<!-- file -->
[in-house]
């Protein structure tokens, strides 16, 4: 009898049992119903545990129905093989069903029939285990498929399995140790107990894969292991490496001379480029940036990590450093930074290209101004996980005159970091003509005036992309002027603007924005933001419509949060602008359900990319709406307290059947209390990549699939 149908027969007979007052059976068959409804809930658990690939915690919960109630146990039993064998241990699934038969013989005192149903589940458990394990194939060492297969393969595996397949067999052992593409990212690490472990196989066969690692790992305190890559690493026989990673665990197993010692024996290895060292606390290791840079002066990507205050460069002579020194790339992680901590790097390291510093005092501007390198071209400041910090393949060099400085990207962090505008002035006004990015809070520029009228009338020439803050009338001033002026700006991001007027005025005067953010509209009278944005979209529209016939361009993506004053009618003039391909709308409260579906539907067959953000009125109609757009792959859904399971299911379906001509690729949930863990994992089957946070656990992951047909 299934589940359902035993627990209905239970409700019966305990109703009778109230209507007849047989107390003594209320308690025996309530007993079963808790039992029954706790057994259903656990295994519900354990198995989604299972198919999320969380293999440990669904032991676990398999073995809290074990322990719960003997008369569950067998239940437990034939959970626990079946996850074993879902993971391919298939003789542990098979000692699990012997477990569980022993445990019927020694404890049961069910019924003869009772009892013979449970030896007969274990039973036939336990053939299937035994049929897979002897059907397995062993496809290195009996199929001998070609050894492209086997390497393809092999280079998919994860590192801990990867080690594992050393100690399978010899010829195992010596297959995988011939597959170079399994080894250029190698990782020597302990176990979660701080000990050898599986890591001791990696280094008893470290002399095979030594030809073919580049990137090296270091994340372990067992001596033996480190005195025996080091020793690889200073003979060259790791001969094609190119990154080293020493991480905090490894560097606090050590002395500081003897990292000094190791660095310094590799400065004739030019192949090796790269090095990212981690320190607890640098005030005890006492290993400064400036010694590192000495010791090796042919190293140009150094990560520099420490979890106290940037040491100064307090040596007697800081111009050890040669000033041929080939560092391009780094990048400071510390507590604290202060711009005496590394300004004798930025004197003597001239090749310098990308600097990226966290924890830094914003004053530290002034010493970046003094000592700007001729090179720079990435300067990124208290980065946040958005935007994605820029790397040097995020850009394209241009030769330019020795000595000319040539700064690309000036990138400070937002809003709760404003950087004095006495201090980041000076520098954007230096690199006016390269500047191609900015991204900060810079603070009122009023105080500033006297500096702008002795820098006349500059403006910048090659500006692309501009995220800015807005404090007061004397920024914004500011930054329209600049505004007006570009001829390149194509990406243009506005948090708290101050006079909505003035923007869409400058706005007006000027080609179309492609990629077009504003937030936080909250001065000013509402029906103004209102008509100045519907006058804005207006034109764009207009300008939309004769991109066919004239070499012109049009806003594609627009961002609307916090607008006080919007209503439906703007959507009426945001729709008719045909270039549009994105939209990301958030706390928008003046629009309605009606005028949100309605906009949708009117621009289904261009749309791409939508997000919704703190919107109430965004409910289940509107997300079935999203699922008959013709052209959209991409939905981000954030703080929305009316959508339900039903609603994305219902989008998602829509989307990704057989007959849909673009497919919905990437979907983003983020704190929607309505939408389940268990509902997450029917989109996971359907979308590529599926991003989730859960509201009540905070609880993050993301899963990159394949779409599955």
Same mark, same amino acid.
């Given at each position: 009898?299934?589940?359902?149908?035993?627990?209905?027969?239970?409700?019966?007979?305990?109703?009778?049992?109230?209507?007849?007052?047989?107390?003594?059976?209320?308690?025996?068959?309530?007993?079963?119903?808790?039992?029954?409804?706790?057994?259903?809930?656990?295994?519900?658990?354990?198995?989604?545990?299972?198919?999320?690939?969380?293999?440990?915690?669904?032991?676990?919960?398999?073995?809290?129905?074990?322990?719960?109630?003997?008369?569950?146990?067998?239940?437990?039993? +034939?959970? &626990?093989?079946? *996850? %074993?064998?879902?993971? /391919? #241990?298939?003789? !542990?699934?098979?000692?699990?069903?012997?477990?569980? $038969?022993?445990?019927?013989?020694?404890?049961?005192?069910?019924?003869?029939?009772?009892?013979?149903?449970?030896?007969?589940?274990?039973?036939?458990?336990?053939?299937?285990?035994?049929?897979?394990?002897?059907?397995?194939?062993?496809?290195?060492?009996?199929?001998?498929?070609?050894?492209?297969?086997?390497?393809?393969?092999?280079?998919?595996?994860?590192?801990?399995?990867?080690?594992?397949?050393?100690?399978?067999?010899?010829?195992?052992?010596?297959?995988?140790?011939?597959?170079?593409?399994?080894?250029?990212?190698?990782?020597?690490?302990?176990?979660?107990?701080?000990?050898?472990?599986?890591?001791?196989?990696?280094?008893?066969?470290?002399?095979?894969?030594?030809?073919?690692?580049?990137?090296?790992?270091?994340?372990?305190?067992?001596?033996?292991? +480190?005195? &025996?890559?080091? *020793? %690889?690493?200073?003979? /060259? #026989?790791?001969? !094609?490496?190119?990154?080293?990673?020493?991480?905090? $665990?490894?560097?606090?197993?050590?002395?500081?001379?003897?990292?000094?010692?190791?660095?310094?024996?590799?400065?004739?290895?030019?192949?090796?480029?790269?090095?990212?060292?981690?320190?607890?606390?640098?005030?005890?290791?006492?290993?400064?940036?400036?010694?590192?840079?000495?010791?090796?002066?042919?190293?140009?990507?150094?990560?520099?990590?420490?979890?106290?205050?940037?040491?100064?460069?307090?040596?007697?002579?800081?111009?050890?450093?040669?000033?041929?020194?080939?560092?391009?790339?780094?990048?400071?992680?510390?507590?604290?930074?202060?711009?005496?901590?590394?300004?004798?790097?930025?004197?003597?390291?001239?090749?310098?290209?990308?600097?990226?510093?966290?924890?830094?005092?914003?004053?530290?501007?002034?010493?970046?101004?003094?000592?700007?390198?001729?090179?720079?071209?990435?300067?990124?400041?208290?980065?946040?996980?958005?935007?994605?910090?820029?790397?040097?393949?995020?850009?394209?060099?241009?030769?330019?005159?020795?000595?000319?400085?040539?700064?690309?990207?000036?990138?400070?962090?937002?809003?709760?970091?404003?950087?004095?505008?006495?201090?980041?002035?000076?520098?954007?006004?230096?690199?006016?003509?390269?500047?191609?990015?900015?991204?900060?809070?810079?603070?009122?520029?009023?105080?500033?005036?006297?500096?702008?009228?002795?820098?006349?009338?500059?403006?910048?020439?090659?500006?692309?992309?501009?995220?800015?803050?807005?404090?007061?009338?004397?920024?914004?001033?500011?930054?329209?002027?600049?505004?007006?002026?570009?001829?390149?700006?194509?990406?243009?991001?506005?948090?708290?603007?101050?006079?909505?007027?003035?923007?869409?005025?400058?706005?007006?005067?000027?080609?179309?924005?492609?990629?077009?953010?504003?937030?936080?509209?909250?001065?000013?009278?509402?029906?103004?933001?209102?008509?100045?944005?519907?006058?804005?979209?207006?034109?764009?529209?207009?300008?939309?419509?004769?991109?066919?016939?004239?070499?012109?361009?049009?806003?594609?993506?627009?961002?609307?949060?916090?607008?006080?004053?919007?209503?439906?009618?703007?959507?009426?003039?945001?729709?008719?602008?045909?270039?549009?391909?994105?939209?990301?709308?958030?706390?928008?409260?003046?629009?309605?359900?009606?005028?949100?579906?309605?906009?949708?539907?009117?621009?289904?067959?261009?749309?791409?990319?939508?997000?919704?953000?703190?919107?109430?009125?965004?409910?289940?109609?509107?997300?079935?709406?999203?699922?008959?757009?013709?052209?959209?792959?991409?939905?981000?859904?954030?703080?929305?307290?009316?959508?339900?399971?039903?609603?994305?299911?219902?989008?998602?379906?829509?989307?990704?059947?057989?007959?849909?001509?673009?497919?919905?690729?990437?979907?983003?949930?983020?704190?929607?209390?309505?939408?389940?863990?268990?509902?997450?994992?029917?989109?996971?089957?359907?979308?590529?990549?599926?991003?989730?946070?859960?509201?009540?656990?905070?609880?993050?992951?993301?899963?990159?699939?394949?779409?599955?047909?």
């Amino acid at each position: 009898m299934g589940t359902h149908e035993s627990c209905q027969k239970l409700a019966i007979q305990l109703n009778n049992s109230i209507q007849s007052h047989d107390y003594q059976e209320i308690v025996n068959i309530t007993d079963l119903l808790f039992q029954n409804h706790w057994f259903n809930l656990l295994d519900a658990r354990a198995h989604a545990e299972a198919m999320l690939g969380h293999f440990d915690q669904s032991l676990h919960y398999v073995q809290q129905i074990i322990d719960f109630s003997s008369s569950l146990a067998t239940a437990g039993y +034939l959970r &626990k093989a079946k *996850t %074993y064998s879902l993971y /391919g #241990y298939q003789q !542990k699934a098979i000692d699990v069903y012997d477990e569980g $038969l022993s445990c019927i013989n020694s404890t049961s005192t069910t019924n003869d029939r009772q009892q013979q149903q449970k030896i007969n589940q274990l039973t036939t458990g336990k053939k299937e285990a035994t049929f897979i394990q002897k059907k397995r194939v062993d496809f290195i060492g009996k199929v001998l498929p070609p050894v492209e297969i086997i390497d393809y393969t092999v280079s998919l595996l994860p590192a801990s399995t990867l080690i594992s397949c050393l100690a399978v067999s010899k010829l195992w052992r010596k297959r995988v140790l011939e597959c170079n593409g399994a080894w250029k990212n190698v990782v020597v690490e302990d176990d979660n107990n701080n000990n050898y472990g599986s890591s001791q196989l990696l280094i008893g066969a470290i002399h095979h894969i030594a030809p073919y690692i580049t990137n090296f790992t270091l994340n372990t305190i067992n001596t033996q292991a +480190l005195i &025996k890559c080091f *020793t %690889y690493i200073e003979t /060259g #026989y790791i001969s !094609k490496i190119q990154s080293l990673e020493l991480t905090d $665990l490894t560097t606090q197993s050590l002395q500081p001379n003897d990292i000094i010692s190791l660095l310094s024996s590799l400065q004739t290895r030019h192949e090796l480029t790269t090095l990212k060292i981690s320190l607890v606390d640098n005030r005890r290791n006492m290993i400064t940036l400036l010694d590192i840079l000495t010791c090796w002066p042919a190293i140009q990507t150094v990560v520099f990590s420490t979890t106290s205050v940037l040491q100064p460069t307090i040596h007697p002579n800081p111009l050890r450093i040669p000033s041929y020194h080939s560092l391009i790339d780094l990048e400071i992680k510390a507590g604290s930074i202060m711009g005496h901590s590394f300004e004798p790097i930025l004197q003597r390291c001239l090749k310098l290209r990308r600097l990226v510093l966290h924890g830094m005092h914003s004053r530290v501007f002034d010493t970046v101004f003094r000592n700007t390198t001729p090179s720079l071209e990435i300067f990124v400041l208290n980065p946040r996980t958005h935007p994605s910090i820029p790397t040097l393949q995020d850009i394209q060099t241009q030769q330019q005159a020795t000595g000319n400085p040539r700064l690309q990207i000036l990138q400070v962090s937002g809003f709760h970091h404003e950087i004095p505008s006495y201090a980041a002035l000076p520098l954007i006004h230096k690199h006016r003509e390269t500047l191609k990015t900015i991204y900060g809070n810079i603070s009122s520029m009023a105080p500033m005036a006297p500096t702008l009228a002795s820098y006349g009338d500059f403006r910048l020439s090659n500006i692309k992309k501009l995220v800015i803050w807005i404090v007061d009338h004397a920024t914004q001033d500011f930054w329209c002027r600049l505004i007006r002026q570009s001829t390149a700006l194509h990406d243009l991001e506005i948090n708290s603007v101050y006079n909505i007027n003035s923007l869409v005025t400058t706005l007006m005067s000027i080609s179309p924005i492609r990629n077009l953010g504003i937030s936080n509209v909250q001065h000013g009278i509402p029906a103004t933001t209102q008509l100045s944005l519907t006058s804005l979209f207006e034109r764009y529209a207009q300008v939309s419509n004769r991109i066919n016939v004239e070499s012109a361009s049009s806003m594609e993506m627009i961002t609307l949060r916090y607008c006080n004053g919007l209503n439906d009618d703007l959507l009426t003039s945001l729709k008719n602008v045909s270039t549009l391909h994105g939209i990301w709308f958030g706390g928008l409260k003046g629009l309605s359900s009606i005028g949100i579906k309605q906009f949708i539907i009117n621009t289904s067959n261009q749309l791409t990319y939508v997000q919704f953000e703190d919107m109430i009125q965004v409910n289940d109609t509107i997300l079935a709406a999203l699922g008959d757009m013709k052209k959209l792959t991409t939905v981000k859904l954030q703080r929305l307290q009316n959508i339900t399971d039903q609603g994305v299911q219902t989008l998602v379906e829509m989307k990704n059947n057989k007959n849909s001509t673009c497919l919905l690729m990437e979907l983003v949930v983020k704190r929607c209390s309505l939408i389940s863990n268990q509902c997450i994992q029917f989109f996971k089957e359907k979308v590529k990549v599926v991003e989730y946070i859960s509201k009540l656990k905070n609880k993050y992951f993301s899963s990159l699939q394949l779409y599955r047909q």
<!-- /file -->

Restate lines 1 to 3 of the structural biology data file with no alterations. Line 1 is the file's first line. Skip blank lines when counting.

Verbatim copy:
[in-house]
């Protein structure tokens, strides 16, 4: 009898049992119903545990129905093989069903029939285990498929399995140790107990894969292991490496001379480029940036990590450093930074290209101004996980005159970091003509005036992309002027603007924005933001419509949060602008359900990319709406307290059947209390990549699939 149908027969007979007052059976068959409804809930658990690939915690919960109630146990039993064998241990699934038969013989005192149903589940458990394990194939060492297969393969595996397949067999052992593409990212690490472990196989066969690692790992305190890559690493026989990673665990197993010692024996290895060292606390290791840079002066990507205050460069002579020194790339992680901590790097390291510093005092501007390198071209400041910090393949060099400085990207962090505008002035006004990015809070520029009228009338020439803050009338001033002026700006991001007027005025005067953010509209009278944005979209529209016939361009993506004053009618003039391909709308409260579906539907067959953000009125109609757009792959859904399971299911379906001509690729949930863990994992089957946070656990992951047909 299934589940359902035993627990209905239970409700019966305990109703009778109230209507007849047989107390003594209320308690025996309530007993079963808790039992029954706790057994259903656990295994519900354990198995989604299972198919999320969380293999440990669904032991676990398999073995809290074990322990719960003997008369569950067998239940437990034939959970626990079946996850074993879902993971391919298939003789542990098979000692699990012997477990569980022993445990019927020694404890049961069910019924003869009772009892013979449970030896007969274990039973036939336990053939299937035994049929897979002897059907397995062993496809290195009996199929001998070609050894492209086997390497393809092999280079998919994860590192801990990867080690594992050393100690399978010899010829195992010596297959995988011939597959170079399994080894250029190698990782020597302990176990979660701080000990050898599986890591001791990696280094008893470290002399095979030594030809073919580049990137090296270091994340372990067992001596033996480190005195025996080091020793690889200073003979060259790791001969094609190119990154080293020493991480905090490894560097606090050590002395500081003897990292000094190791660095310094590799400065004739030019192949090796790269090095990212981690320190607890640098005030005890006492290993400064400036010694590192000495010791090796042919190293140009150094990560520099420490979890106290940037040491100064307090040596007697800081111009050890040669000033041929080939560092391009780094990048400071510390507590604290202060711009005496590394300004004798930025004197003597001239090749310098990308600097990226966290924890830094914003004053530290002034010493970046003094000592700007001729090179720079990435300067990124208290980065946040958005935007994605820029790397040097995020850009394209241009030769330019020795000595000319040539700064690309000036990138400070937002809003709760404003950087004095006495201090980041000076520098954007230096690199006016390269500047191609900015991204900060810079603070009122009023105080500033006297500096702008002795820098006349500059403006910048090659500006692309501009995220800015807005404090007061004397920024914004500011930054329209600049505004007006570009001829390149194509990406243009506005948090708290101050006079909505003035923007869409400058706005007006000027080609179309492609990629077009504003937030936080909250001065000013509402029906103004209102008509100045519907006058804005207006034109764009207009300008939309004769991109066919004239070499012109049009806003594609627009961002609307916090607008006080919007209503439906703007959507009426945001729709008719045909270039549009994105939209990301958030706390928008003046629009309605009606005028949100309605906009949708009117621009289904261009749309791409939508997000919704703190919107109430965004409910289940509107997300079935999203699922008959013709052209959209991409939905981000954030703080929305009316959508339900039903609603994305219902989008998602829509989307990704057989007959849909673009497919919905990437979907983003983020704190929607309505939408389940268990509902997450029917989109996971359907979308590529599926991003989730859960509201009540905070609880993050993301899963990159394949779409599955």
Same mark, same amino acid.